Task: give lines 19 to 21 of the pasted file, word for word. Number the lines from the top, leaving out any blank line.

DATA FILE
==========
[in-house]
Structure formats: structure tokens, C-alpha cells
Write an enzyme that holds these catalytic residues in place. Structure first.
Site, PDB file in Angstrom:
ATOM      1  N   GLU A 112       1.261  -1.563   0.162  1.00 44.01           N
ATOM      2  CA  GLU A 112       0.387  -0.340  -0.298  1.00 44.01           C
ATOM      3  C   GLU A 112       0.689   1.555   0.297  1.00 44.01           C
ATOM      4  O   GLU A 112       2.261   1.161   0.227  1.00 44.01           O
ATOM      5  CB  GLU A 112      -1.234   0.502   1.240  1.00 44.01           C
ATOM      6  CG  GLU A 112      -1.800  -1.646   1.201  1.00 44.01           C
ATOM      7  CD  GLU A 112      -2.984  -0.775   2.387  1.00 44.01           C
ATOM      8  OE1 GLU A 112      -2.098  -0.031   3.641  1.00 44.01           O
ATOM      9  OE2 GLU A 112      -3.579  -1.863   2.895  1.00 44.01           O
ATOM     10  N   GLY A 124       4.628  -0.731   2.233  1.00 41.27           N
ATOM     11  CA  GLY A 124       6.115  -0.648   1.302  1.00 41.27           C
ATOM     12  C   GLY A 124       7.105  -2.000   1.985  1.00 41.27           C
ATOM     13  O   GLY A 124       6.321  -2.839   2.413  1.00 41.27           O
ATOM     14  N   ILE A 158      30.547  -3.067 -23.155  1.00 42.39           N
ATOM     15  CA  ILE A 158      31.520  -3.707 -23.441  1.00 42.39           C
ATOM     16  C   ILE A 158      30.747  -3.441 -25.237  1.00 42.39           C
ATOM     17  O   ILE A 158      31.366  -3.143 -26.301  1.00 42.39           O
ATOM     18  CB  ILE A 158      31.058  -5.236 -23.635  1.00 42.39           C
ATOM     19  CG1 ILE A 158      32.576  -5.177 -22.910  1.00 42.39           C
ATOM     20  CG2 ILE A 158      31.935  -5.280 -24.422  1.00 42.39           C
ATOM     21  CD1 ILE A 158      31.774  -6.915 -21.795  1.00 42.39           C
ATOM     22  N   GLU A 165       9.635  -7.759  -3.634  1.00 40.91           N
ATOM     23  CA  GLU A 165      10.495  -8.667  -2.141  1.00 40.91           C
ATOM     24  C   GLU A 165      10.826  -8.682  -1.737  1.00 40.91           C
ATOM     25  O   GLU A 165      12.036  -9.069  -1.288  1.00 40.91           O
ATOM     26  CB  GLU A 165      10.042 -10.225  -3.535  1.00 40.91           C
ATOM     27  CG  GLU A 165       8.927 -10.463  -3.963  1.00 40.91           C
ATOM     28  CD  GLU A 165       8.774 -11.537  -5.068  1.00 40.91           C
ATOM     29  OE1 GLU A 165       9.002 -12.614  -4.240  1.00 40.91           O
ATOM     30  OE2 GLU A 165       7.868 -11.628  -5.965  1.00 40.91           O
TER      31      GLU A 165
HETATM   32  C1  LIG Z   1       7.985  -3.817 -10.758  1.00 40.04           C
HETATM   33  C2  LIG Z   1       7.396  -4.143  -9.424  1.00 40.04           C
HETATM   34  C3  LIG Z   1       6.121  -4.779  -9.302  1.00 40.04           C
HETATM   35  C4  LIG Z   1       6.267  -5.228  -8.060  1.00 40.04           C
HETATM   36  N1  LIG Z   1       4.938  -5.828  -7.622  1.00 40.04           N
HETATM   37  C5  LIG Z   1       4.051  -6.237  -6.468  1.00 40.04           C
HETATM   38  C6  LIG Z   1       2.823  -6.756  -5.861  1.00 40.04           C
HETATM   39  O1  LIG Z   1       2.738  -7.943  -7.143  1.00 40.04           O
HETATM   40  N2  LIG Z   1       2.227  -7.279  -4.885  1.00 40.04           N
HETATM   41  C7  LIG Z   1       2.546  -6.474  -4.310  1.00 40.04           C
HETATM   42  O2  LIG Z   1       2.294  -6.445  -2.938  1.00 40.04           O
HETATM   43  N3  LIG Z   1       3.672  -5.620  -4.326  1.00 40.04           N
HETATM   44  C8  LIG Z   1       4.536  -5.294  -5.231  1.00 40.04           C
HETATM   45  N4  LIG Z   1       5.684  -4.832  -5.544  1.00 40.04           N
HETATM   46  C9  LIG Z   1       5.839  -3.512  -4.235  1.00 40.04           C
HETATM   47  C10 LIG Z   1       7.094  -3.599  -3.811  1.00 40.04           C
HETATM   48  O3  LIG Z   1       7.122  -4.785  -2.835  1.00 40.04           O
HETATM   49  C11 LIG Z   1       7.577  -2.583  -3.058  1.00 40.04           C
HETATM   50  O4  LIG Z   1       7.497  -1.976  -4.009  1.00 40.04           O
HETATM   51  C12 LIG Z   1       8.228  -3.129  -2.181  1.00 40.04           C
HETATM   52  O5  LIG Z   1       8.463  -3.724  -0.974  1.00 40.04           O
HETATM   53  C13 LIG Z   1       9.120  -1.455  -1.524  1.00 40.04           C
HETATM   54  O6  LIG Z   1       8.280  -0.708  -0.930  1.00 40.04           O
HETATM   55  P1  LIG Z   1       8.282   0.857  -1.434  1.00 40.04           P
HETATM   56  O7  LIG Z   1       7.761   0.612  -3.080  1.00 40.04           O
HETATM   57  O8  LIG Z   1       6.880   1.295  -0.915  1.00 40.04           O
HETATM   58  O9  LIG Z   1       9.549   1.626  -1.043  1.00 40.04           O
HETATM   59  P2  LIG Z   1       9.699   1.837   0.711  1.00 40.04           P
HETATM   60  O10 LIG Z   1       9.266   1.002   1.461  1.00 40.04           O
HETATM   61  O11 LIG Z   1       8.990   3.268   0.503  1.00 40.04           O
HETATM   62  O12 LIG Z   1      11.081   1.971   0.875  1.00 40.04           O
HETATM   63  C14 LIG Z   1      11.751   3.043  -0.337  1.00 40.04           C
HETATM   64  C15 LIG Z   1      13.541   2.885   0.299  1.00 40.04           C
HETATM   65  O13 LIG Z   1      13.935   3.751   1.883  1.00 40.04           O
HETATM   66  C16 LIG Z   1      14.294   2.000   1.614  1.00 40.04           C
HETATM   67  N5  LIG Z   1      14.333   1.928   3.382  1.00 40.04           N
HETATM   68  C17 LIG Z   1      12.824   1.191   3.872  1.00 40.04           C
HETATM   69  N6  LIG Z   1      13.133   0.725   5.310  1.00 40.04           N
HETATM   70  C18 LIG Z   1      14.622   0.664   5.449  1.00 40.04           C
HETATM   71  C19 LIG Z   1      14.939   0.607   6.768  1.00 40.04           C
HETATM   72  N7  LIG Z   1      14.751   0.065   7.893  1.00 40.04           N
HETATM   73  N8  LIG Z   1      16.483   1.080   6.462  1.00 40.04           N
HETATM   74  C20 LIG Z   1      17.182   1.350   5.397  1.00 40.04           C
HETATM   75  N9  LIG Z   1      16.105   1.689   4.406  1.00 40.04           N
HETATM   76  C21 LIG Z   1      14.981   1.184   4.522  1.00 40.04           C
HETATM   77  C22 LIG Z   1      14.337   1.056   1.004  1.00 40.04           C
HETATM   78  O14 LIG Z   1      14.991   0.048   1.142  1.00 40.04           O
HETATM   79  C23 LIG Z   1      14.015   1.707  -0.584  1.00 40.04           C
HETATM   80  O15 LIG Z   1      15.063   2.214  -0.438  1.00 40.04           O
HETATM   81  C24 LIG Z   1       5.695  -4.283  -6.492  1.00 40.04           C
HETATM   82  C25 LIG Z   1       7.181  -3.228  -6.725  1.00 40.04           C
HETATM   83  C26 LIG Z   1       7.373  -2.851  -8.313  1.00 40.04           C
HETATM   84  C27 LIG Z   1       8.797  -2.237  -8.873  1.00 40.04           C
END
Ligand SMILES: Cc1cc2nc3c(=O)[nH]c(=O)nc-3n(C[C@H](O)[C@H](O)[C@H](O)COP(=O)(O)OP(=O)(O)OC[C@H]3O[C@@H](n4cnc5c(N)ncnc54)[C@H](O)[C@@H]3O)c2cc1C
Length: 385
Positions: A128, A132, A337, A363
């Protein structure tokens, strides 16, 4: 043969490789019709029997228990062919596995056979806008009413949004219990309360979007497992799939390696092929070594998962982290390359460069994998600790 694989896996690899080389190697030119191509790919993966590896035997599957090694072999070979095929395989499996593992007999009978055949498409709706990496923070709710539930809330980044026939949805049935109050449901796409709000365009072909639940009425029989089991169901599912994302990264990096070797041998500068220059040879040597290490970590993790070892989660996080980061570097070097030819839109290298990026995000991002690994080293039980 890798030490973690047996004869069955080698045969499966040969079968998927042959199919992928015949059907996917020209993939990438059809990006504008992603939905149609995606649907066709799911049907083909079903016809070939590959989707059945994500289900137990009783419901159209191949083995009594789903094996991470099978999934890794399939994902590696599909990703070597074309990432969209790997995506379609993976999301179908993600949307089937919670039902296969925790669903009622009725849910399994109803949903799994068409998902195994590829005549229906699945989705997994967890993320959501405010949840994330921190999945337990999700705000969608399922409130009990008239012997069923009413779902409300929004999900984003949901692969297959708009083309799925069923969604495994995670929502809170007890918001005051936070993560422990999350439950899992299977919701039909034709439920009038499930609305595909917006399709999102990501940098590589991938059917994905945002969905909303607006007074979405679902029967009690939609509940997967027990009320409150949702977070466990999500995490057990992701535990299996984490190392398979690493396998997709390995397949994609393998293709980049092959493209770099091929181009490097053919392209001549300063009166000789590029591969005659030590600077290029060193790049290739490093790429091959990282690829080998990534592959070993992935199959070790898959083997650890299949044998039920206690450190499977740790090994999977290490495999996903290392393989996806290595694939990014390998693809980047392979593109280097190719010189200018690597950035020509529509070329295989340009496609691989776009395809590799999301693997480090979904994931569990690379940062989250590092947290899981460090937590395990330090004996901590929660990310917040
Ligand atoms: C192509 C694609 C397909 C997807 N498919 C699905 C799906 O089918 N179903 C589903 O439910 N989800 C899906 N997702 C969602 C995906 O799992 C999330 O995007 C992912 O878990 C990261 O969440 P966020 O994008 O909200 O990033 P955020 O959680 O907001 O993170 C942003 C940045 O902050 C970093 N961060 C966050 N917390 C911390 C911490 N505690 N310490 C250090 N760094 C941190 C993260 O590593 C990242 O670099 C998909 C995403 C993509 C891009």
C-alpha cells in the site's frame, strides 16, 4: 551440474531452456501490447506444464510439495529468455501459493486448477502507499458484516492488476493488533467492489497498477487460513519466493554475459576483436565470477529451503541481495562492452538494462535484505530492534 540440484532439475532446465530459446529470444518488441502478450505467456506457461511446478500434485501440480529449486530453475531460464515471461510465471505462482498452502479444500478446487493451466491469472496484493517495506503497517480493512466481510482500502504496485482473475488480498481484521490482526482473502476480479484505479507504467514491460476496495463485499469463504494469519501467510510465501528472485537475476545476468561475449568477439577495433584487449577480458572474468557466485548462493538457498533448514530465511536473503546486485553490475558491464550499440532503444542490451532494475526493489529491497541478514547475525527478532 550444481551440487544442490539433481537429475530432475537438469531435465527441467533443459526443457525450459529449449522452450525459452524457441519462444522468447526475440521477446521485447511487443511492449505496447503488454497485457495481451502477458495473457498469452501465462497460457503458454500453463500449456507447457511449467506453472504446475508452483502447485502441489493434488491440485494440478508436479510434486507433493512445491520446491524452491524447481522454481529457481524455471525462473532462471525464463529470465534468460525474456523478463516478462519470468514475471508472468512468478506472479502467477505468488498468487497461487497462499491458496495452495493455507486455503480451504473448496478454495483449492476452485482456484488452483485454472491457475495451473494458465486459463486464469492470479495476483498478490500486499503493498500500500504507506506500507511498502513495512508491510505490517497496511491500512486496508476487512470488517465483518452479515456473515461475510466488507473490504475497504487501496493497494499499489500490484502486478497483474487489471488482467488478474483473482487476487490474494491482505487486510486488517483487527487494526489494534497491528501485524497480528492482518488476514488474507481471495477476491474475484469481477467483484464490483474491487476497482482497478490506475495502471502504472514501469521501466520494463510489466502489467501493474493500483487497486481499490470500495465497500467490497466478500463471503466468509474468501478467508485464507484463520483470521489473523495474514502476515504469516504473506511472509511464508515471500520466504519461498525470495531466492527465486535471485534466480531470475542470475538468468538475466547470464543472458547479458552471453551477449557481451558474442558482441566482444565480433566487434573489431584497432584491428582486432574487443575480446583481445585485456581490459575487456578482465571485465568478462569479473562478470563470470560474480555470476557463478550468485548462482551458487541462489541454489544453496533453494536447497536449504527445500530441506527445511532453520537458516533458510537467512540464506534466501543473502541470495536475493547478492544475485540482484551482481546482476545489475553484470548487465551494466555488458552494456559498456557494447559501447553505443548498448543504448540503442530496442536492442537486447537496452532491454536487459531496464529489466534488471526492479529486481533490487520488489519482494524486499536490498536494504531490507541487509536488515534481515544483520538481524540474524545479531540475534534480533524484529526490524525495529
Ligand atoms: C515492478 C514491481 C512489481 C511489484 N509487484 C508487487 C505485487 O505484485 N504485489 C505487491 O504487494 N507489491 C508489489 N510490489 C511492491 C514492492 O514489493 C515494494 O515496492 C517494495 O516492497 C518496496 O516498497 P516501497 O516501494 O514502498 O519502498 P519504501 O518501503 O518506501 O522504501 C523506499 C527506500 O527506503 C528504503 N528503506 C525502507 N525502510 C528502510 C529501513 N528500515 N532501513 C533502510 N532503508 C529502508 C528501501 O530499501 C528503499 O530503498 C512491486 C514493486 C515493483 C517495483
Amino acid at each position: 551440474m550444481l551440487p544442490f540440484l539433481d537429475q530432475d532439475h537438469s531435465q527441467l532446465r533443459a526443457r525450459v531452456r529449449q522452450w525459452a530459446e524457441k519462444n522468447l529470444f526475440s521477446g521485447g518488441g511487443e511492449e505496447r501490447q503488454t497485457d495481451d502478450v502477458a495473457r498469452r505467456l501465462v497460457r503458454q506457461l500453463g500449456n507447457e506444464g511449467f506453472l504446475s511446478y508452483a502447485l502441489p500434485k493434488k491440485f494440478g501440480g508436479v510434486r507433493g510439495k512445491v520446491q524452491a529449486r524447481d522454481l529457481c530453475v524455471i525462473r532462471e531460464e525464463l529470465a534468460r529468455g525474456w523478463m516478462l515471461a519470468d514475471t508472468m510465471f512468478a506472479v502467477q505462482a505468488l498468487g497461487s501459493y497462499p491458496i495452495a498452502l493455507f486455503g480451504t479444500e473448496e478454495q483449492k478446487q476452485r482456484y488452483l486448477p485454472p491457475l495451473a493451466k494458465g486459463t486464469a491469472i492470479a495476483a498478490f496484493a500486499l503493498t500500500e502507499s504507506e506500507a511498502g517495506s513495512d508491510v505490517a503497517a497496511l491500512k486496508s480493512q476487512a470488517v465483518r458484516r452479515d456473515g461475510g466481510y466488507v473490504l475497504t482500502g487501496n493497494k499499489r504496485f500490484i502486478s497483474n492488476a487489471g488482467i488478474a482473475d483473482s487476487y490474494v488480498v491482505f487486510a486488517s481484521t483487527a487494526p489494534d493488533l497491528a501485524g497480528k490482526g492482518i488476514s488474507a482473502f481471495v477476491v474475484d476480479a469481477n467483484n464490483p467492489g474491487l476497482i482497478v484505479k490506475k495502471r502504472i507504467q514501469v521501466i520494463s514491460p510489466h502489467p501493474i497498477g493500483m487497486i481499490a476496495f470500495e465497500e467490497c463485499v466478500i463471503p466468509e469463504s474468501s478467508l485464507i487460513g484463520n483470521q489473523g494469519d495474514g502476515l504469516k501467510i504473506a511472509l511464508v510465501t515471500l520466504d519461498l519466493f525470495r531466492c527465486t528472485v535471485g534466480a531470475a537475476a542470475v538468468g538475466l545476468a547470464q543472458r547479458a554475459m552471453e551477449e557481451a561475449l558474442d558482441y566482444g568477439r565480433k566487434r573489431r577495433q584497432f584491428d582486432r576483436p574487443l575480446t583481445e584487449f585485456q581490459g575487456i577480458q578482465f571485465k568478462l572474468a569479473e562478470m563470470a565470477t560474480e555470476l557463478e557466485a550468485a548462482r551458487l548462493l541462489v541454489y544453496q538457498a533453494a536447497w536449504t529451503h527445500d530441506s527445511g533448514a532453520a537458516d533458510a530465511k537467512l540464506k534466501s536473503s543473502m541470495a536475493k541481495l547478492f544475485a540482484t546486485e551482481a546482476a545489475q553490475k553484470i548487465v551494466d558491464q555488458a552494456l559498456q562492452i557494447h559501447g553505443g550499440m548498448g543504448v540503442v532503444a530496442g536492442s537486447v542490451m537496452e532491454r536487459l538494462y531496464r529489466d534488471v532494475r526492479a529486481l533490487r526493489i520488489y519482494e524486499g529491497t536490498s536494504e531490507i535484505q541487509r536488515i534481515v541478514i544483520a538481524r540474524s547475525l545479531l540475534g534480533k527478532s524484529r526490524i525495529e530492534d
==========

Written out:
ATOM     15  CA  ILE A 158      31.520  -3.707 -23.441  1.00 42.39           C
ATOM     16  C   ILE A 158      30.747  -3.441 -25.237  1.00 42.39           C
ATOM     17  O   ILE A 158      31.366  -3.143 -26.301  1.00 42.39           O